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Trump Wins Christie Endorsement on March Toward Super Tuesday

Election Reuters

Republican candidate Donald Trump on Friday won the surprise endorsement of New Jersey Governor Chris Christie, the most prominent mainstream Republican to get behind the former reality TV star's White House campaign.

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Christie said the billionaire businessman had the best chance of beating Democrat Hillary Clinton in the Nov. 8 U.S. presidential election. The front-runner Trump's unorthodox candidacy has stirred controversy and shaken the Republican Party at its roots.

Trump is "rewriting the playbook," said Christie, 53, who until two weeks ago was himself a rival of Trump for the Republican Party nomination.

A former prosecutor, Christie, has been mentioned in Republican circles as a possible future attorney general, but he said he had not been offered a position in any future Trump administration.

Trump, 69, has never held public office and has campaigned as a political outsider. He is riding a wave of voter anger at the slow economic recovery, illegal immigration and what he says is America's diminishing role in the world.

"The best person to beat Hillary Clinton in November on that stage last night is undoubtedly Donald Trump," Christie told a news conference a day after a Republican candidates' debate. He spoke at a news conference before a Trump rally in Texas.

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The endorsement by the New Jersey governor gives Trump, from neighboring New York, a lift ahead of next week's crucial Super Tuesday nominating contests.

Trump, a brash real estate magnate, has won three straight nominating contests in New Hampshire, South Carolina and Nevada, convincing some mainstream Republicans that he may have too much momentum to be stopped, especially if he wins big in the key southern U.S. primaries four days away.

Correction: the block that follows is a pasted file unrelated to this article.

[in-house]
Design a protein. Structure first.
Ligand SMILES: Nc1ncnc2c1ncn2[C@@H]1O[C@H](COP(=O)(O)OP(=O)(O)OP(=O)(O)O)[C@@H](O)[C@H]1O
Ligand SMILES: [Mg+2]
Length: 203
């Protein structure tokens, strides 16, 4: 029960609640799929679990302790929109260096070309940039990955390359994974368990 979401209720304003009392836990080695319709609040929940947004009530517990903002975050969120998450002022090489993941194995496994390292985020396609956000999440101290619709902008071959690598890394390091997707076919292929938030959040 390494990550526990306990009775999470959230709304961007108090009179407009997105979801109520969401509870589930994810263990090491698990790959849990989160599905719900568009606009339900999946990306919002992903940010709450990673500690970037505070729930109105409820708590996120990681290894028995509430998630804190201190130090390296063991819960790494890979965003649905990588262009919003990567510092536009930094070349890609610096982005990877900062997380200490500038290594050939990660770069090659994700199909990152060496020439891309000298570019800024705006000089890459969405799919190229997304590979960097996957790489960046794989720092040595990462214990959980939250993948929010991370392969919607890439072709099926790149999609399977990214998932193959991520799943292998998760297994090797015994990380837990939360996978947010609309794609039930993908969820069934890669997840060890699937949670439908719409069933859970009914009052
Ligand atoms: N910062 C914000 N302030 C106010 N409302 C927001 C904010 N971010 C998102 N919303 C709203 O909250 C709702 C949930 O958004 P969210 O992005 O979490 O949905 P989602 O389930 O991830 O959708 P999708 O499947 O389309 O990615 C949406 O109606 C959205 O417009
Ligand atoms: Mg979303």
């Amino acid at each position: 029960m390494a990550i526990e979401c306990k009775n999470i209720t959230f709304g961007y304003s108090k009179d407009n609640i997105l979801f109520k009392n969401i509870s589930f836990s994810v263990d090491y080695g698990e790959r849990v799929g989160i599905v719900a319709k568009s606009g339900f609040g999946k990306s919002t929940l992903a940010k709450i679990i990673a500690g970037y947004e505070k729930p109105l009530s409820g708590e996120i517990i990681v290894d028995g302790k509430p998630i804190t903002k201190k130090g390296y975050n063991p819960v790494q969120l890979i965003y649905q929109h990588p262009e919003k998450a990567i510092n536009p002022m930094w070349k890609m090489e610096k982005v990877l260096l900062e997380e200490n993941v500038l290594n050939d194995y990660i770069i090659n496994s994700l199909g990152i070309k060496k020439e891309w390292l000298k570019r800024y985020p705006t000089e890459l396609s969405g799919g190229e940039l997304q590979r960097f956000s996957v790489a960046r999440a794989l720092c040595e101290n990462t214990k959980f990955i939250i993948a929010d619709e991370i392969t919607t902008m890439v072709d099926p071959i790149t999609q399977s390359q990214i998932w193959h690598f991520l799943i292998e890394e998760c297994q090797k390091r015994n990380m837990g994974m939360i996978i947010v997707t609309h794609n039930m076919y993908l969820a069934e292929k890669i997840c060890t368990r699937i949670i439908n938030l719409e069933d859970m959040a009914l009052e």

Former Secretary of State Clinton is battling U.S. Senator Bernie Sanders of Vermont for the Democratic nomination.

Trump has vowed to build a wall on the U.S.-Mexican border to fight illegal immigration, called for a temporary ban on Muslims entering the United States and promised to take a tough stance on trade against China.

Republican rivals Marco Rubio and Ted Cruz ganged up on Trump at Thursday's raucous debate in a last-ditch bid to keep the billionaire from winning in states holding nominating contests on Super Tuesday that could set him up to clinch the presidential nomination.

But they only dented Trump's momentum, according to opinion polls and online betting markets.

Rubio, a U.S. senator from Florida, went on the attack again on Friday at a rally in Dallas. "Guys, we have a con artist as the front-runner of the Republican Party," he said.

(By Emily Stephenson; Additional reporting by Steve Holland and Susan Heavey; Writing by Alistair Bell; Editing by Howard Goller)